In April of 1962, nearly 49 years ago this day, author William Faulkner visited the United States Military Academy at West Point at the invitation of Major General W.C. Westmoreland. On the night of April 19 he read excerpts from his forthcoming novel The Reivers before a rapt audience of cadets, faculty, and staff. The following day, clad in a Donegal tweed suit and repp tie, he lunched with the brass and met with cadets in two advanced literature courses and discussed a wide range of subjects including his work, philosophy of life and views on America.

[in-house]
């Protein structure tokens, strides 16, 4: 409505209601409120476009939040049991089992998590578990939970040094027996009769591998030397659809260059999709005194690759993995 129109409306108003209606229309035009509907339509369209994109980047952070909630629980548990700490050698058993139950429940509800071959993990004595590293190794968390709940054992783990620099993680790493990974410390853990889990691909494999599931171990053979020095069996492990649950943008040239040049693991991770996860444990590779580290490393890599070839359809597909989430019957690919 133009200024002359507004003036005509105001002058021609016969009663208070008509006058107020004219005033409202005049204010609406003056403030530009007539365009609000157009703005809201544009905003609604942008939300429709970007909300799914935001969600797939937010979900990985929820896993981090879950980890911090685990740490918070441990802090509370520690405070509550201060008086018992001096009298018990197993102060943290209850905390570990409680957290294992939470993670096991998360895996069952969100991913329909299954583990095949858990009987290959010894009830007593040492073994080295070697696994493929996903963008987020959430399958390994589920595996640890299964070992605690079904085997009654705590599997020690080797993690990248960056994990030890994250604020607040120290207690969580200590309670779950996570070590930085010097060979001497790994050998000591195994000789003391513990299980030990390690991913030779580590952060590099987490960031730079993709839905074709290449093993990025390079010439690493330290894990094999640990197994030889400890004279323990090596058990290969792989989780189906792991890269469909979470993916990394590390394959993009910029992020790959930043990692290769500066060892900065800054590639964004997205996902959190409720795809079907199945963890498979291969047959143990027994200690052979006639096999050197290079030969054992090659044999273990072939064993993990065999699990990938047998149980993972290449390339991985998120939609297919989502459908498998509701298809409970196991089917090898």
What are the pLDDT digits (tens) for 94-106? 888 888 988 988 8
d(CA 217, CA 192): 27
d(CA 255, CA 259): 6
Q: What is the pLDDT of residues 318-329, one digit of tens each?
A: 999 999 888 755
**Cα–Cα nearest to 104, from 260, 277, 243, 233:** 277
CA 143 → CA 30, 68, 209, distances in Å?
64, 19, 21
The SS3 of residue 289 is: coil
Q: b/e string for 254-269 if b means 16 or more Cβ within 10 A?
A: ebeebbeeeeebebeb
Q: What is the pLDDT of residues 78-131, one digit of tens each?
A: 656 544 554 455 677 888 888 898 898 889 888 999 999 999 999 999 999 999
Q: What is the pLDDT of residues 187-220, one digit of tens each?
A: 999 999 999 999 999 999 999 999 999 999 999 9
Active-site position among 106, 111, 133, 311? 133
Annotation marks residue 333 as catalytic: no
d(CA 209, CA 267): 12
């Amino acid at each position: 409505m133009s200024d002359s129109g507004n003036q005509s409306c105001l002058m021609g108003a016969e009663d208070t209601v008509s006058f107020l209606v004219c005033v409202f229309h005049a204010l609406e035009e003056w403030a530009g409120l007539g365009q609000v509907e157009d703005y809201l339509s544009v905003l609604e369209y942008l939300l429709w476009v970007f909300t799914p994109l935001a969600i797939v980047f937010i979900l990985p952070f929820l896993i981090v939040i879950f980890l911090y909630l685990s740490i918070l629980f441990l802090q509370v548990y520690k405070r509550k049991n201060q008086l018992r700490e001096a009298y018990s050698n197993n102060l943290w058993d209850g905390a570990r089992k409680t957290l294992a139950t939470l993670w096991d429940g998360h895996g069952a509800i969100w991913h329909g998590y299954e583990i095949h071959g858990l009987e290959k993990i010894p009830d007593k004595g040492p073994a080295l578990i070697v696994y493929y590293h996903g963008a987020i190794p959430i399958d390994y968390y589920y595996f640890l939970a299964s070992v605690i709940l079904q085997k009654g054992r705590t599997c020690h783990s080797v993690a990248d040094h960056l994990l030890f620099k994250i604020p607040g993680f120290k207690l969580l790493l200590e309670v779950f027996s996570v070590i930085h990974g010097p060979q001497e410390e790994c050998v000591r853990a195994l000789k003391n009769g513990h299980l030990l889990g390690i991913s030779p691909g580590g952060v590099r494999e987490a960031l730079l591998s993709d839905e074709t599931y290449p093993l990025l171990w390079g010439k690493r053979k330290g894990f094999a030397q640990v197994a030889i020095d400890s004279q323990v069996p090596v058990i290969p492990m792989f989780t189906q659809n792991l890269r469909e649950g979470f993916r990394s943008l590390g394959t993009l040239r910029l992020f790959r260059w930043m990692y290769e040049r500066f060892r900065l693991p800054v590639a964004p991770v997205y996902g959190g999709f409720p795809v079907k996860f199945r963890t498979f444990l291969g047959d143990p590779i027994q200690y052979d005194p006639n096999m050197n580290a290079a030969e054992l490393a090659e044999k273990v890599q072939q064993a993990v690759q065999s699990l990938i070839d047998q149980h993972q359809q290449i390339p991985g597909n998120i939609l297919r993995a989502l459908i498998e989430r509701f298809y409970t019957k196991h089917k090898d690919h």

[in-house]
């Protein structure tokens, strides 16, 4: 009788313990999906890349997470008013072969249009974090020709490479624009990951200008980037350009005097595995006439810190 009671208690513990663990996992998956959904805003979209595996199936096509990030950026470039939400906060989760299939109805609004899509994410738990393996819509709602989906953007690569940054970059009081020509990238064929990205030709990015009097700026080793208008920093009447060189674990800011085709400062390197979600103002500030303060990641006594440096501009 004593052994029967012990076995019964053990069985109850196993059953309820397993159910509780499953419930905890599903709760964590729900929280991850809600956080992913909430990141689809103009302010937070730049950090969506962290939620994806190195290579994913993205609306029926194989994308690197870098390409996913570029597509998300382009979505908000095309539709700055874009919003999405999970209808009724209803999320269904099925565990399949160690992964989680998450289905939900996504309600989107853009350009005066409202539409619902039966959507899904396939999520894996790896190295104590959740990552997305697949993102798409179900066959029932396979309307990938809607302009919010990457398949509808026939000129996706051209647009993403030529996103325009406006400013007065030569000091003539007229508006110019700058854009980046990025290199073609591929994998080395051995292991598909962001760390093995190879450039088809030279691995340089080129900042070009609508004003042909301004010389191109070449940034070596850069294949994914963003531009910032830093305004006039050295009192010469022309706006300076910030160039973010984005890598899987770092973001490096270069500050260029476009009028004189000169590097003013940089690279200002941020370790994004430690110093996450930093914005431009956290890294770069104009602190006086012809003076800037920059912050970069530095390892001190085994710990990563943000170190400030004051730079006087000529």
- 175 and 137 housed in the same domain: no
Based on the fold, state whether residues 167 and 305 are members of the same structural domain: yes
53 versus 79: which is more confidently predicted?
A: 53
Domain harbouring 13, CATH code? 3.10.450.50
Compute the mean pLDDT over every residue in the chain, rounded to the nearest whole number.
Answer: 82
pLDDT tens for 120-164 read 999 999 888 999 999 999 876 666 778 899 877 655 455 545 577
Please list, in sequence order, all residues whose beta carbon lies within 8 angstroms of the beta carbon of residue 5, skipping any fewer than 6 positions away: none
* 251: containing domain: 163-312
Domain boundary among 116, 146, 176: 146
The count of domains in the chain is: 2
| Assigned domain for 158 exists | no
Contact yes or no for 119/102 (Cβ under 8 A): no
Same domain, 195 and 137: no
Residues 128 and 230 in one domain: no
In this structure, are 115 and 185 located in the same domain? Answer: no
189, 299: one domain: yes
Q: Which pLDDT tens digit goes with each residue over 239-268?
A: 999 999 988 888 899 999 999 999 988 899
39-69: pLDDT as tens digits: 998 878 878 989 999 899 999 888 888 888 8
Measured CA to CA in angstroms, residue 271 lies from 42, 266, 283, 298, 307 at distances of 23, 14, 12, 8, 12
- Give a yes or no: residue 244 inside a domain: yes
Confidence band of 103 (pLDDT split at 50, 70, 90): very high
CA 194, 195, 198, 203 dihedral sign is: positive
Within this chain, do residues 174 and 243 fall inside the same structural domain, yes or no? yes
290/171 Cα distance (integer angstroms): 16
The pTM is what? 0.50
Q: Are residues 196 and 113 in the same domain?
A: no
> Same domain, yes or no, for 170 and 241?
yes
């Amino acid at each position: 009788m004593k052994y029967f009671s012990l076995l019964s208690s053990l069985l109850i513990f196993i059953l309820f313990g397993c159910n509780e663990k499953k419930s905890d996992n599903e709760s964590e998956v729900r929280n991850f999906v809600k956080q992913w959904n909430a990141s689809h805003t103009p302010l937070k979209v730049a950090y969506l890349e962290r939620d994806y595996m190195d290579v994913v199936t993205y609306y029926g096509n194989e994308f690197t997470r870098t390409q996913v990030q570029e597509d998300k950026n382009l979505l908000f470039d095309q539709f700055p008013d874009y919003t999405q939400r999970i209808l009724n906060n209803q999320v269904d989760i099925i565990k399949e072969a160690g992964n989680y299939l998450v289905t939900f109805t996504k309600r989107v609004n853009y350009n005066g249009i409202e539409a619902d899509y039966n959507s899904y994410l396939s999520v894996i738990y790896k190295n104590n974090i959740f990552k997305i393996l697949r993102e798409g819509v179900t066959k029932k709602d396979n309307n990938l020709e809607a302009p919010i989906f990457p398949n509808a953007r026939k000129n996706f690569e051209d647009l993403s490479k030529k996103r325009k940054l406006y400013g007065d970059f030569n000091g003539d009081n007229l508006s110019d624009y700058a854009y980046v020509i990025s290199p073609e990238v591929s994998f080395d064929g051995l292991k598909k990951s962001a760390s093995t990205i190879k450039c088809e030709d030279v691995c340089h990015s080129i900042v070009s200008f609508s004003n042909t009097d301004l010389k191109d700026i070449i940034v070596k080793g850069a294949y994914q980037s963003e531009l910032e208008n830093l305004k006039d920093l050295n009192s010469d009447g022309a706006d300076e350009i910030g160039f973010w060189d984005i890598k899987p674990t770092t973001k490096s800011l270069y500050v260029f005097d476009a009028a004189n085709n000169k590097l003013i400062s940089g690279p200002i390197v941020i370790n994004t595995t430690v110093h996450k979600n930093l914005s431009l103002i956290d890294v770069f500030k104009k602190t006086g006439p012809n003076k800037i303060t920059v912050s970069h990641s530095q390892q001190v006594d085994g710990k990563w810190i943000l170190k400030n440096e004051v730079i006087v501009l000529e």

Faulkner was not himself much of a military man, though critics have noted his “lifelong romance” with the military experience beginning with his first novel Soldier’s Pay in 1926; unable to join the U.S. Army due to his short stature, he had enlisted in the British Royal Flying Corps during World War I but never saw action. Nonetheless he exuded something of a military bearing on the stage at West Point with his pipe and British officer’s mustache.